Man-in-the-Middle Attack – SCAM OF THE MONTH


Mina was traveling abroad and enjoying a life-changing cultural experience. She was always on the go, taking in all the city sights she could see while updating her blog along the way. To make her blog upload efforts easier, Mina set her phone up with the AutoConnect feature so she could automatically connect to any Wi-Fi network that she’d previously connected to. Mina took a break at a Sam’s Cafe and her phone connected to the “SamsCafe” network. She began updating her blog then realized she needed to check her bank balance. She used her phone and logged into her bank’s mobile website to review her balance. A few hours later, Mina received a message from her bank that her account had insufficient funds and it had been wiped out earlier that day.

Did you spot the red flags?

  • Mina turned on Auto-Connect in an effort to save time accessing the internet.
  • Mina connected to her banking portal while on an unsecured Wi-Fi network.
  • Mina failed to verify the legitimacy of the Wi-Fi network she was connecting to.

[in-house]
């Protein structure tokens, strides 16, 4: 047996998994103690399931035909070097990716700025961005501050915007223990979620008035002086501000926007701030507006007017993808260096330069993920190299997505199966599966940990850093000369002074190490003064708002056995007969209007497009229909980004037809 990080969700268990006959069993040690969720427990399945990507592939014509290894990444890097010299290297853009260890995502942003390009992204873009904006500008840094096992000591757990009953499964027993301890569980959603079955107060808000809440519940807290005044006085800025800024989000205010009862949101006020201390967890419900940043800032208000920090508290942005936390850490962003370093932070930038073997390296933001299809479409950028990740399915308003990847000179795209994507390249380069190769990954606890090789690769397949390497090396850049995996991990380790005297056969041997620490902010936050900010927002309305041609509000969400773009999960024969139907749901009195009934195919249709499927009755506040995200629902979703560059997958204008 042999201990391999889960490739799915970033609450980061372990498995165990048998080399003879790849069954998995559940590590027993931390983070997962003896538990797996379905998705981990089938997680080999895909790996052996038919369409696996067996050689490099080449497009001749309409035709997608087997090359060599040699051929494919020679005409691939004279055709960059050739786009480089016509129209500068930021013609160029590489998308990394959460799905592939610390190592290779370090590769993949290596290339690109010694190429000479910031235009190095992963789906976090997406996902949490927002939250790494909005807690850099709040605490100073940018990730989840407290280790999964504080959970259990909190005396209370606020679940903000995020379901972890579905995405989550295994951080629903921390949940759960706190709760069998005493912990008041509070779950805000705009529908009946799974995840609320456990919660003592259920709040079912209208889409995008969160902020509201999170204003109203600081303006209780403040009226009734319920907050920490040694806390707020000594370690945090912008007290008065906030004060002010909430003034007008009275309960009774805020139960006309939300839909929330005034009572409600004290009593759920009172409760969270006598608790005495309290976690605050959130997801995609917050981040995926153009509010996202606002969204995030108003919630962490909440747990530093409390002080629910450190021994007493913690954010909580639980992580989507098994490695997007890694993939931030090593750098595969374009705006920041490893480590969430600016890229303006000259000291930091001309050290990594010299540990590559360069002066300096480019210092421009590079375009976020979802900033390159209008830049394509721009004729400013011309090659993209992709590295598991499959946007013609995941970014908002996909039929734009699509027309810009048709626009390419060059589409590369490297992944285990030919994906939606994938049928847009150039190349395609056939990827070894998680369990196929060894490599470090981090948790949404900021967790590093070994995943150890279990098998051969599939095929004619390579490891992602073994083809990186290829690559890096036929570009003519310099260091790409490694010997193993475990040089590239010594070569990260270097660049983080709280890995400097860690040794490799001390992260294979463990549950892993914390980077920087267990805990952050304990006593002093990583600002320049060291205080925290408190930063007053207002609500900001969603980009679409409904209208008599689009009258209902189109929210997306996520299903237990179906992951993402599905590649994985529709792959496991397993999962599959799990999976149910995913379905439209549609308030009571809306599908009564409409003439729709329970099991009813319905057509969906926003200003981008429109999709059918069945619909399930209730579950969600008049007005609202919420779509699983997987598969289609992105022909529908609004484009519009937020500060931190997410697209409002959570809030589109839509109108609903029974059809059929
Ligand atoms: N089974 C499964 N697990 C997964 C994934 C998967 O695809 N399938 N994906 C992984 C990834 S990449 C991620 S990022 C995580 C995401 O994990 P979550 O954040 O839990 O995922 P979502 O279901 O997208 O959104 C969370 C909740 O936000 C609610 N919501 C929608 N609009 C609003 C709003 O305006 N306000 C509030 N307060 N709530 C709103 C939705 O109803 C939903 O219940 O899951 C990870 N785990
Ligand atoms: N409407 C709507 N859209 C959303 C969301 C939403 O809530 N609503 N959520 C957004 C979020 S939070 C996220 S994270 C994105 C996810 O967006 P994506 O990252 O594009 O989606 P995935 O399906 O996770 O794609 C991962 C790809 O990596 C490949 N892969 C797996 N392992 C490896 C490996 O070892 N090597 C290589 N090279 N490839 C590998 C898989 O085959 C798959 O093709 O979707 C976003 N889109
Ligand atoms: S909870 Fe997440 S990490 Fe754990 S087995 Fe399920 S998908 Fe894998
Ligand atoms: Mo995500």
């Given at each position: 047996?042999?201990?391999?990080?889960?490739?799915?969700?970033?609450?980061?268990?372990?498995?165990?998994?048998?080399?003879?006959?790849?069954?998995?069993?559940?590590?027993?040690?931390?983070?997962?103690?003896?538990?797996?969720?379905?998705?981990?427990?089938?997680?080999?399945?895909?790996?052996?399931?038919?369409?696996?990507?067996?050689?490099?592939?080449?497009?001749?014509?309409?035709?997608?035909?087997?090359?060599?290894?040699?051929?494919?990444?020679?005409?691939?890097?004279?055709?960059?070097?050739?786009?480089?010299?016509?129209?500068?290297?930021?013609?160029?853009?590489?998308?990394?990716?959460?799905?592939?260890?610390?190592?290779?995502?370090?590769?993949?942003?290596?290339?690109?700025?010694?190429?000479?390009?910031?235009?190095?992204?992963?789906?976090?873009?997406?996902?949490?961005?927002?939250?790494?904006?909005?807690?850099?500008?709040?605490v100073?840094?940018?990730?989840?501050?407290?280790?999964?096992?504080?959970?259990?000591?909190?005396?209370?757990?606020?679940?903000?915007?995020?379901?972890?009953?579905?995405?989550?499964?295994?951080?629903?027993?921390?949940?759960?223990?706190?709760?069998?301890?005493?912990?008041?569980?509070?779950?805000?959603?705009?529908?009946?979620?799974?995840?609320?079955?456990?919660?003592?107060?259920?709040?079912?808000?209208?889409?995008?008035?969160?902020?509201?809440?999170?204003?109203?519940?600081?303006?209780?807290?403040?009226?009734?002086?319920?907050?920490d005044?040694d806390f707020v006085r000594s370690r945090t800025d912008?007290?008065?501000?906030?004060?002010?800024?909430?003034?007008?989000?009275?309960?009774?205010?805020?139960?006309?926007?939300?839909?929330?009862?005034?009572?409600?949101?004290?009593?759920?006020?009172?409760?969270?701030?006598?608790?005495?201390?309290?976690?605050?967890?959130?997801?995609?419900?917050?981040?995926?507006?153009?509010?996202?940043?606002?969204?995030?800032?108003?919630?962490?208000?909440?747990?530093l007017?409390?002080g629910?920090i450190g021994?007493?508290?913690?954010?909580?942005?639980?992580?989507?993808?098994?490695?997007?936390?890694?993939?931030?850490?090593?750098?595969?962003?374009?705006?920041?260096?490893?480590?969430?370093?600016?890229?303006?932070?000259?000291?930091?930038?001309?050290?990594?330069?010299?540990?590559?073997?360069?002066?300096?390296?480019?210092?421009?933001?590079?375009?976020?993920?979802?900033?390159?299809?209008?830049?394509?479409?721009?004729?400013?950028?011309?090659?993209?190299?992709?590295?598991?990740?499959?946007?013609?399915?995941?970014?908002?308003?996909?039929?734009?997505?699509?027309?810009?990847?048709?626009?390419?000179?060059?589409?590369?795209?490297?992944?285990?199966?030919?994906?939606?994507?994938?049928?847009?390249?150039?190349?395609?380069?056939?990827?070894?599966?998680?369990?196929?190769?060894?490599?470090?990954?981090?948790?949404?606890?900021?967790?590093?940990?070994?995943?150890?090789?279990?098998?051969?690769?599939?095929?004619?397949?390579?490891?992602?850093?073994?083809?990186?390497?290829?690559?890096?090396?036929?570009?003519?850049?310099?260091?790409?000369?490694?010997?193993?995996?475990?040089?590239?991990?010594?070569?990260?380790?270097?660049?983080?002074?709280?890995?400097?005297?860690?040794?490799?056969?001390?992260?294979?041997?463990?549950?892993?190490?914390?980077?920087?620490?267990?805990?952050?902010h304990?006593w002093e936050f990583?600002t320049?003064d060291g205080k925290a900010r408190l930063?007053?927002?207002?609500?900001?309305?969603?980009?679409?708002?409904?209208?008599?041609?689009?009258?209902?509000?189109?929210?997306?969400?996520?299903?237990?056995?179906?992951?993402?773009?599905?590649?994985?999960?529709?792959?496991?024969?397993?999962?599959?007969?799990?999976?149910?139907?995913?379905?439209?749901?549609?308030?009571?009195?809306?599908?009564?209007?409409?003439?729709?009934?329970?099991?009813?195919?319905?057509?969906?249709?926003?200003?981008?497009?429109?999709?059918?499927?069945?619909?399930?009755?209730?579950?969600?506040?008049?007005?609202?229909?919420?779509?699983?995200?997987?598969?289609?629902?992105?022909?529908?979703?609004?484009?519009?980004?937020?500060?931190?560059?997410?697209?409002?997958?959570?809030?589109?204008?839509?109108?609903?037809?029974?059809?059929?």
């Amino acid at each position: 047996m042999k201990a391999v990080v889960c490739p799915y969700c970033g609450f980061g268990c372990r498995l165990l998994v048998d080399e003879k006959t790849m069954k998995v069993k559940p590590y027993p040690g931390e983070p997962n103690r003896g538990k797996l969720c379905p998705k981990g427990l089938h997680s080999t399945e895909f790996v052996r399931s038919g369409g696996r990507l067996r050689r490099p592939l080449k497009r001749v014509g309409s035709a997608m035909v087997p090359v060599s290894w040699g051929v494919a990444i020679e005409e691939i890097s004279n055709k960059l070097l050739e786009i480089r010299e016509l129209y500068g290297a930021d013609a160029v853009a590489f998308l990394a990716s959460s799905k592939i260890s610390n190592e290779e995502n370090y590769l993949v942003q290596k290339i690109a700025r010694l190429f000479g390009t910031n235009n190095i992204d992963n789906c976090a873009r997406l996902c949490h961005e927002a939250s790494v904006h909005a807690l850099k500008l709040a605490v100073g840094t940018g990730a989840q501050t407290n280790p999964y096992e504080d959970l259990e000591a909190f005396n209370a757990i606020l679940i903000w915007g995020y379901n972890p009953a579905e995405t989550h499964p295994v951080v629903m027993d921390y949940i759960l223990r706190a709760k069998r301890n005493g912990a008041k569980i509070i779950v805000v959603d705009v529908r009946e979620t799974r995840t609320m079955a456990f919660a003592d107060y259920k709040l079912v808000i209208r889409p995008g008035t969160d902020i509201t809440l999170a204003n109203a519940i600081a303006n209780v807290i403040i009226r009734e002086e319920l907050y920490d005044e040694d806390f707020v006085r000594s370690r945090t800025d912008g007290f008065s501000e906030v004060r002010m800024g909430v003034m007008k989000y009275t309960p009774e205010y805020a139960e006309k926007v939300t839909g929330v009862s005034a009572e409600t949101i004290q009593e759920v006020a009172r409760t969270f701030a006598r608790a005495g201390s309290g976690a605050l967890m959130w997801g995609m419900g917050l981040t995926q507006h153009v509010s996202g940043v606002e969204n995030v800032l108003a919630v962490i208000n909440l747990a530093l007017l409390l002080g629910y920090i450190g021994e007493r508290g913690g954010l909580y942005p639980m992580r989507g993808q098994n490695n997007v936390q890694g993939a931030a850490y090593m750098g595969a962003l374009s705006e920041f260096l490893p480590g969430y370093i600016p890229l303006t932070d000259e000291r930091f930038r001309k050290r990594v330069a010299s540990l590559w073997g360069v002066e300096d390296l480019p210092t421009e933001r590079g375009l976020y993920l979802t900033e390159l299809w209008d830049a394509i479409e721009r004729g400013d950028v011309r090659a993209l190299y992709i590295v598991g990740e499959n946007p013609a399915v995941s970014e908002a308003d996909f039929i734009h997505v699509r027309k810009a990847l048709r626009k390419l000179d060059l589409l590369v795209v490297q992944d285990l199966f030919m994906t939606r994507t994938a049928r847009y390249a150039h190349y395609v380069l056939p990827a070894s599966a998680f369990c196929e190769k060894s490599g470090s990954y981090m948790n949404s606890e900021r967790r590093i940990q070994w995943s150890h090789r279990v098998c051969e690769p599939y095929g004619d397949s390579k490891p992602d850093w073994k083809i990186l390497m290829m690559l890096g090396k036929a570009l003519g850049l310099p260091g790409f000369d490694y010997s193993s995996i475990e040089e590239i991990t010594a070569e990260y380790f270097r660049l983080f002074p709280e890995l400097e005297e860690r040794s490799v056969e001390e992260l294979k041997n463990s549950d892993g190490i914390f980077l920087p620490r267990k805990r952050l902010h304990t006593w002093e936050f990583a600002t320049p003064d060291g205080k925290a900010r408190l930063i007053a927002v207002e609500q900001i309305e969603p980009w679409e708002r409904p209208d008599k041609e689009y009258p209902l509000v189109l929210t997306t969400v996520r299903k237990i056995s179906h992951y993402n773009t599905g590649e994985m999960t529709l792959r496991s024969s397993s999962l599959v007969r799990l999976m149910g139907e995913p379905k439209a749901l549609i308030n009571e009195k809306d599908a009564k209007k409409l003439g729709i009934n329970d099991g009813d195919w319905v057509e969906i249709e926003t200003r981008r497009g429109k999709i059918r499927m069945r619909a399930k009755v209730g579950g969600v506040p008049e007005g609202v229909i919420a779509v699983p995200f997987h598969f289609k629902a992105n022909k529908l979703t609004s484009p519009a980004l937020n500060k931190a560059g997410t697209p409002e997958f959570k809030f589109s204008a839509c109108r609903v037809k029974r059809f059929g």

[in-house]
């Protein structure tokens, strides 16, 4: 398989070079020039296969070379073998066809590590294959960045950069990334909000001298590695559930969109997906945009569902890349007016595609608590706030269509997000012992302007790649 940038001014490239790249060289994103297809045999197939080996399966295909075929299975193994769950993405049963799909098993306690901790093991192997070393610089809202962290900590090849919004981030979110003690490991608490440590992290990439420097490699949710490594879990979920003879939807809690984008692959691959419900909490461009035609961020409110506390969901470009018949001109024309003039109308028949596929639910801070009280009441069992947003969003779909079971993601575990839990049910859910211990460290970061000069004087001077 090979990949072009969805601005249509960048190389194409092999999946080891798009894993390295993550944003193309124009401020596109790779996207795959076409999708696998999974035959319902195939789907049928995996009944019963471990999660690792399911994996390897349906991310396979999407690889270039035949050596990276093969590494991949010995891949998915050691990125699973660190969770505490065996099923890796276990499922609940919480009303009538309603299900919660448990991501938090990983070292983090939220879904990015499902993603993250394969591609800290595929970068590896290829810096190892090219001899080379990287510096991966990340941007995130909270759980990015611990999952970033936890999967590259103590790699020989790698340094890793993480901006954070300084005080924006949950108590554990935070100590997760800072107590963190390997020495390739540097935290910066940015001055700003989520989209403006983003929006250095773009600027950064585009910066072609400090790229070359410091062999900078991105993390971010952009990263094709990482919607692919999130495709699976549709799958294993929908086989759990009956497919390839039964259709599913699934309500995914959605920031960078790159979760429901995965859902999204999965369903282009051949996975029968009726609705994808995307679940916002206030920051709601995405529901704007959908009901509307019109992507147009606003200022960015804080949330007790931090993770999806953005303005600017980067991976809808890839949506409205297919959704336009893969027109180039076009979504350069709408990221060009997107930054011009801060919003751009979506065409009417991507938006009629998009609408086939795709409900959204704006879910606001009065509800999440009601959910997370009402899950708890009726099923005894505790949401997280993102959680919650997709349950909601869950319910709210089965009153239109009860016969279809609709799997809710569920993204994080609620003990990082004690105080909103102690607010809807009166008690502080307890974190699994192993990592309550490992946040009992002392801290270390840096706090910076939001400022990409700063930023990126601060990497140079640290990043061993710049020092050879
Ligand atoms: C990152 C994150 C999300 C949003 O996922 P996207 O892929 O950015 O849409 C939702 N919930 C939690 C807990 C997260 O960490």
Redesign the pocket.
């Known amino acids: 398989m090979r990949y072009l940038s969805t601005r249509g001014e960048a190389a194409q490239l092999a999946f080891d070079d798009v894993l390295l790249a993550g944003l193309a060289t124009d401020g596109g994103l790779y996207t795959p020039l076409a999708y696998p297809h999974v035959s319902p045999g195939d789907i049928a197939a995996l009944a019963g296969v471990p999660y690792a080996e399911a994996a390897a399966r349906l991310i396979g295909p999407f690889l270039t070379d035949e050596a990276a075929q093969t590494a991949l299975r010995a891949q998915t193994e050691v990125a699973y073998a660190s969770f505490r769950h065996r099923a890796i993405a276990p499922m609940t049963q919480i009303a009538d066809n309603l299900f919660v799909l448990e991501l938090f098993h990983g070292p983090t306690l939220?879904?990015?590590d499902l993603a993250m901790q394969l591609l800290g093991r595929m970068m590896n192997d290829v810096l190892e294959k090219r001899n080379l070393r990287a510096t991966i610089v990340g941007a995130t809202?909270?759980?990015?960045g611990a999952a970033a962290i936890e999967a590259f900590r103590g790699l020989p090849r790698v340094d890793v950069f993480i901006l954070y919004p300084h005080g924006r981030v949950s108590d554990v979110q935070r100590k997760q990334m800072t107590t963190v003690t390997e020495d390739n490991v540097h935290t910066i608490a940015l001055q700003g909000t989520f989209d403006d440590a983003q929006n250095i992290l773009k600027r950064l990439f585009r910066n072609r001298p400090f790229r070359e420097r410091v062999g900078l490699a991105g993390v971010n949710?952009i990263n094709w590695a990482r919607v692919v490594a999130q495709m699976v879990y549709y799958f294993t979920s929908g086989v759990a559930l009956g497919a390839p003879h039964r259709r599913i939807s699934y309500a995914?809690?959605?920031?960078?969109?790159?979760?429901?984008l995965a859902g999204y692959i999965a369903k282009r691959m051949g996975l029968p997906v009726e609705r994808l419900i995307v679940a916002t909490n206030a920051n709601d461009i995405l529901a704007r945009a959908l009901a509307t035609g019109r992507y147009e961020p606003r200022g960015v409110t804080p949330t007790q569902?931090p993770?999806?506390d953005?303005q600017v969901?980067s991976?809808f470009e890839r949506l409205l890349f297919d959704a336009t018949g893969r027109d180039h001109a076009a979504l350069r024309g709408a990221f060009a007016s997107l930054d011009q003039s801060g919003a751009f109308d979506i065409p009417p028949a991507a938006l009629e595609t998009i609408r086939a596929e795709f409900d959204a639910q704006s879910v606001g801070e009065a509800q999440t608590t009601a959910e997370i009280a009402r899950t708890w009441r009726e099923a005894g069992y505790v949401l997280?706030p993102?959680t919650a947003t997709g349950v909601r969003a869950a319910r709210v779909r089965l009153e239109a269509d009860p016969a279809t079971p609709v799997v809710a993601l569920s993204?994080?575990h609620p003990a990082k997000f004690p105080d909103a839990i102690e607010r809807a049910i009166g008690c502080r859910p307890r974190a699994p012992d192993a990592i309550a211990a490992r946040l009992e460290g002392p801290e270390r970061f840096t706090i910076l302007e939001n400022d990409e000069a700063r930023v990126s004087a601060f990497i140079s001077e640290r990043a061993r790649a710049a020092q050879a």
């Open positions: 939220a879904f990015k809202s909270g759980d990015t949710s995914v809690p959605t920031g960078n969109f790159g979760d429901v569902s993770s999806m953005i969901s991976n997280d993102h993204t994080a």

What you should know about this scam

Avoid Auto-Connecting/Auto-Joining free Wi-Fi networks. When you use this feature, your device remembers a specific SSID (Service Set Identifier) for a network. Scammers can create their own fake Wi-Fi networks and set their own SSIDs to mirror the account they are mimicking. So, your device will be connecting to a verified SSID but it will be one owned and managed by the scammer.
This is an example of a Man-In-The-Middle Attack where an attacker uses their technology to position themselves between their victim and the platform they are connecting to. By remaining in the middle, the attacker can watch, record, and manipulate their target’s activity, without them knowing. Thus, the websites visited and passwords entered can be easily observed or the attacker could direct their victim to a malicious webpage.

Protect yourself

  1. Try using a VPN (Virtual Private Network) to help create a secure connection.
  2. Use legitimate Wi-Fi connections that you can verify.
  3. Set up Two-Factor Authentication on critical accounts.

Even with these additional security layers, the best approach is to avoid accessing sensitive accounts and information when on a public Wi-Fi connection.